I debated this a little while ago. My daughter was still 5. Is this a pediatric dentist? I was going to go the IV route bc my daughter is super sensitive. She threw a huge fit over not being able to drink after the flouride treatment and cried about going back just bc of that. So I thought - no way will she deal with cavities and novacaine etc. I got another opinion and this dentist is fantastic. They're both pediatric btw but he says he gets tons of patients where their dentists recommended IV or something and it's totally unnecessary. If you explain everything to kids calmly, they're fine. And he was totally right. My daughter didn't have 6 - I think 3? But it was 2 different appointments. They talked to her and had her watch a movie and she did absolutely fine. Ask around if you can find a great pediatric dentist like ours and get a second opinion... Oh - no crowns for us but he also nixed one tiny cavity that the first dentist said had to be filled. I'd want to hear from another dentist before I put 6 crowns on baby teeth...



answers from Miami on

My daughter was 6 she had an extra tooth they needed to pull. The gave her a strawberry smelling thing and a drop of laughing gas. She was still mostly aware took the edge off. I would never put her under she is to young. IV omg just the thought of a 6 year old who doesnt really need that getting that. Why so many cavities at that age? Get a second opninnion and fast. Also make sure you go to a kids dentist. They handle things way differently that an adult dentist.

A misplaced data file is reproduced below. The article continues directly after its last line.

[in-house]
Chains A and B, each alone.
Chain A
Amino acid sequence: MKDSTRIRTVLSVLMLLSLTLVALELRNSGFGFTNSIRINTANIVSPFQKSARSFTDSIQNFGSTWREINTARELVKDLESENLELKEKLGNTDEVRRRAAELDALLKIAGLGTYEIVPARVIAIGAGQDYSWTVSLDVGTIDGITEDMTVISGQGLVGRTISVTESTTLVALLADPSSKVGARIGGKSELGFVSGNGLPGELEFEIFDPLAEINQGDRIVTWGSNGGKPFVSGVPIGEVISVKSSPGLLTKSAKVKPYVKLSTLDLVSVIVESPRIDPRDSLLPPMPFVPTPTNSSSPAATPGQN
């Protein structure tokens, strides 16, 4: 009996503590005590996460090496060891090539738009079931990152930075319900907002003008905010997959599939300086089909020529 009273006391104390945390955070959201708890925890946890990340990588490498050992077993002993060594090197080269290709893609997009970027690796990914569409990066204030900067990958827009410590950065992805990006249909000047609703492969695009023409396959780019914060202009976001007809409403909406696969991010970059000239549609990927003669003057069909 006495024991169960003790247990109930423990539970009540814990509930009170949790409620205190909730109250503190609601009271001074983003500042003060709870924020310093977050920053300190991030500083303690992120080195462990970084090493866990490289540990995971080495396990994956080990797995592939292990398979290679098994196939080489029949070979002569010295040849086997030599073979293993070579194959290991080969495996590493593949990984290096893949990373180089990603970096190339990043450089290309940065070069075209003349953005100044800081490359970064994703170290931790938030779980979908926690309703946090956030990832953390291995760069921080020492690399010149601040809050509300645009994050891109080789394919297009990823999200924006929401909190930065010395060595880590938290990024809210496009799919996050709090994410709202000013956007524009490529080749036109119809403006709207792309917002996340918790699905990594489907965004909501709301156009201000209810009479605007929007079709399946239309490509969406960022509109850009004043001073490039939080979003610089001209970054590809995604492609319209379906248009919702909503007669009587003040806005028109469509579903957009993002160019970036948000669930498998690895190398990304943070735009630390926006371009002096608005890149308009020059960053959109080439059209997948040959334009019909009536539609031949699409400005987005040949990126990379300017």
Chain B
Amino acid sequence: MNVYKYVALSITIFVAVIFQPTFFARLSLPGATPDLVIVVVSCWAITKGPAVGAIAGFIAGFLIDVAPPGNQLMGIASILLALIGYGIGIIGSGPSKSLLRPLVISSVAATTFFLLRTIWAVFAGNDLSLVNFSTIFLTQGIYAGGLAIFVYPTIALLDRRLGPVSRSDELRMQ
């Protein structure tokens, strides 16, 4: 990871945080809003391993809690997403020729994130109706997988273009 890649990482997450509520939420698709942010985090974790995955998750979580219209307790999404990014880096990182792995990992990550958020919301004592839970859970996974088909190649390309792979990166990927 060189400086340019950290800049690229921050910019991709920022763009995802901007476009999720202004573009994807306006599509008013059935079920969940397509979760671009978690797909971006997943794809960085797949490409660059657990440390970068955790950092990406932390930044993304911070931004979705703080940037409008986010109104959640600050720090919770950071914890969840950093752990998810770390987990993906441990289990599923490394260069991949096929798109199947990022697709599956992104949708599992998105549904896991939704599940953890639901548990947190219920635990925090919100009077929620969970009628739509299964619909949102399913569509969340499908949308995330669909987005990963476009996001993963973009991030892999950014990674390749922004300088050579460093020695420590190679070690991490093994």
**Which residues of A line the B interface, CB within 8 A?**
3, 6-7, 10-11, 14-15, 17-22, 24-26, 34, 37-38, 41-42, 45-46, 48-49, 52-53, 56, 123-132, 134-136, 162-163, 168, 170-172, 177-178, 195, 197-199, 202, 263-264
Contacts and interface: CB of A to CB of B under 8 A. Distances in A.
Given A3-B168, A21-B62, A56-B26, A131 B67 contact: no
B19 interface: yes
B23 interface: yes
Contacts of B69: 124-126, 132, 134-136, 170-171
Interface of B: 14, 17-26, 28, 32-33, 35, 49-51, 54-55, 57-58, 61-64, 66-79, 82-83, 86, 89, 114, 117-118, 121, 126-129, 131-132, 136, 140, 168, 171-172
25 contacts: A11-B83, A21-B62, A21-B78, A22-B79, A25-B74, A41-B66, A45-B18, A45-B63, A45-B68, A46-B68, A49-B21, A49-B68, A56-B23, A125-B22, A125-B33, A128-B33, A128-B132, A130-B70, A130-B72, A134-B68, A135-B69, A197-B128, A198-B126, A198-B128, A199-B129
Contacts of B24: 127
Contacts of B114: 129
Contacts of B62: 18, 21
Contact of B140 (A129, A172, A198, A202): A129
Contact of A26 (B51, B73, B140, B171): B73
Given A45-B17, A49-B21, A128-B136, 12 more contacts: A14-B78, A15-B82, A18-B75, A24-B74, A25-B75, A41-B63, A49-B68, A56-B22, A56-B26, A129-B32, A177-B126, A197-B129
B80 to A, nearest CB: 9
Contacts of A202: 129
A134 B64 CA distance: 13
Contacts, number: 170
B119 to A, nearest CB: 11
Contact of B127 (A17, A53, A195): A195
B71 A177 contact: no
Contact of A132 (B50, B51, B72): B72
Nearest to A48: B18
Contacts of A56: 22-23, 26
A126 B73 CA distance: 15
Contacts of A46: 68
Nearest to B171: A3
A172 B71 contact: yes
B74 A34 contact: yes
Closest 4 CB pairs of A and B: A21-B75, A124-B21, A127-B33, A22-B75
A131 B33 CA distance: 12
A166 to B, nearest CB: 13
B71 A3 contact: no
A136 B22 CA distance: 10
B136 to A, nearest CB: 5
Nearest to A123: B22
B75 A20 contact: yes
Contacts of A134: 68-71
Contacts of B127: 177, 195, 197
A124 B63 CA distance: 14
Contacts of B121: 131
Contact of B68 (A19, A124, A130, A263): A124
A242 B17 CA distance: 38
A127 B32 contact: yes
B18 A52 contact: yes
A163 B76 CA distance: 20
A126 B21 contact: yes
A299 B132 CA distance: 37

answers from Phoenix on

No way would I have my child "put under" unless absolutely necessary, and cavities doesn't count under that, in my opinion. My son drank the liquid and did fine. I would go back for more than one appt if necessary. Good luck.



answers from Houston on

I would get a second opinion. If these are severe, large cavities where you can clearly see the decay, she should get the white dental bonding agent. They won't show and embarass her. Only if it is severe enough that the bonding agent doesn't have enough enamel to bond to once they remove the decay, should she get the stainless crowns. Then I would recommend the IV sedation. It will be a lot easier on her overall. The liquid stuff is yucky and she would still be aware of what they were doing. My son threw his up in the middle of a bridge work procedure (he fell out of bed and knocked out 2 teeth). It was disgusting.



answers from San Antonio on

First of all, GET A SECOND OPINION!!!!!!!!!! If these are baby teeth why in the world would you cap them? Usually they would just pull them....do not let them do this!!!! Sound like an insurance scam!!

Good luck,



answers from Minneapolis on

My daughter had to have 5 fillings done when she was 3 and we used the cocktail option which she did very well with. she was still pretty out of it when they were done and wanted to eat right away so we stoped and got a milkshake. (not one of my best mom ideas) but it helped her feel better.



answers from Victoria on

I have lots of silver in the back of my mouth. They are my perm teeth. I dont remember having them done all at once but it sounds like the drink option would require not having them done all at once. Whats wrong with novicane? (sorry for the spelling) I think the first option sounds like they are trying to make a buck on your dime!!! Also I am not a fan of giving that much medication to a child. I would prefer the novicane. Totally up to you , I would not judge you for doing what your dentist recomended at all.